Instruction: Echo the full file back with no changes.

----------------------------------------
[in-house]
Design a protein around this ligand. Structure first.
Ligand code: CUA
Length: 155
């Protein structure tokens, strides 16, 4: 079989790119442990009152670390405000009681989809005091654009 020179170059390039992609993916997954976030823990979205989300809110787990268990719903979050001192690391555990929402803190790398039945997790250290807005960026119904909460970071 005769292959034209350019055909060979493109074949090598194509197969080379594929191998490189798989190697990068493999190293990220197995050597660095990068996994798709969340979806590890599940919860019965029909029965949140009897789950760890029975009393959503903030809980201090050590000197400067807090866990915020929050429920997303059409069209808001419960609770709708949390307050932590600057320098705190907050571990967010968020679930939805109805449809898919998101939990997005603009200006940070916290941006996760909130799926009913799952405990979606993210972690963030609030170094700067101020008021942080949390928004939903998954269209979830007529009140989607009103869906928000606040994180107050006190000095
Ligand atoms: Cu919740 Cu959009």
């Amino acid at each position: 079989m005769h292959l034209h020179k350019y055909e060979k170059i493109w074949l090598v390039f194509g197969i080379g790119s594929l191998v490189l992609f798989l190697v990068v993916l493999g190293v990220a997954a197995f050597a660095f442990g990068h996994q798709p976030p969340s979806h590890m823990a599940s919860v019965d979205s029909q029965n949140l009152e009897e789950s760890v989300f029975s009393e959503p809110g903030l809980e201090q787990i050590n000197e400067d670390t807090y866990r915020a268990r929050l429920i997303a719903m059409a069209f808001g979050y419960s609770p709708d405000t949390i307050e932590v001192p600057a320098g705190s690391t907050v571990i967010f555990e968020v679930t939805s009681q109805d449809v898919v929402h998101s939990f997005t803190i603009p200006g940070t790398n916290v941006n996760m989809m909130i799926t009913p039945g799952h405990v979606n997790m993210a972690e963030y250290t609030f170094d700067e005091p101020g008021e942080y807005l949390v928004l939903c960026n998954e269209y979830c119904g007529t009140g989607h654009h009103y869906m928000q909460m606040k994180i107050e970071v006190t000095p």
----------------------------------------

[in-house]
Design a protein around this ligand. Structure first.
Ligand code: CUA
Length: 155
């Protein structure tokens, strides 16, 4: 079989790119442990009152670390405000009681989809005091654009 020179170059390039992609993916997954976030823990979205989300809110787990268990719903979050001192690391555990929402803190790398039945997790250290807005960026119904909460970071 005769292959034209350019055909060979493109074949090598194509197969080379594929191998490189798989190697990068493999190293990220197995050597660095990068996994798709969340979806590890599940919860019965029909029965949140009897789950760890029975009393959503903030809980201090050590000197400067807090866990915020929050429920997303059409069209808001419960609770709708949390307050932590600057320098705190907050571990967010968020679930939805109805449809898919998101939990997005603009200006940070916290941006996760909130799926009913799952405990979606993210972690963030609030170094700067101020008021942080949390928004939903998954269209979830007529009140989607009103869906928000606040994180107050006190000095
Ligand atoms: Cu919740 Cu959009």
């Amino acid at each position: 079989m005769h292959l034209h020179k350019y055909e060979k170059i493109w074949l090598v390039f194509g197969i080379g790119s594929l191998v490189l992609f798989l190697v990068v993916l493999g190293v990220a997954a197995f050597a660095f442990g990068h996994q798709p976030p969340s979806h590890m823990a599940s919860v019965d979205s029909q029965n949140l009152e009897e789950s760890v989300f029975s009393e959503p809110g903030l809980e201090q787990i050590n000197e400067d670390t807090y866990r915020a268990r929050l429920i997303a719903m059409a069209f808001g979050y419960s609770p709708d405000t949390i307050e932590v001192p600057a320098g705190s690391t907050v571990i967010f555990e968020v679930t939805s009681q109805d449809v898919v929402h998101s939990f997005t803190i603009p200006g940070t790398n916290v941006n996760m989809m909130i799926t009913p039945g799952h405990v979606n997790m993210a972690e963030y250290t609030f170094d700067e005091p101020g008021e942080y807005l949390v928004l939903c960026n998954e269209y979830c119904g007529t009140g989607h654009h009103y869906m928000q909460m606040k994180i107050e970071v006190t000095p």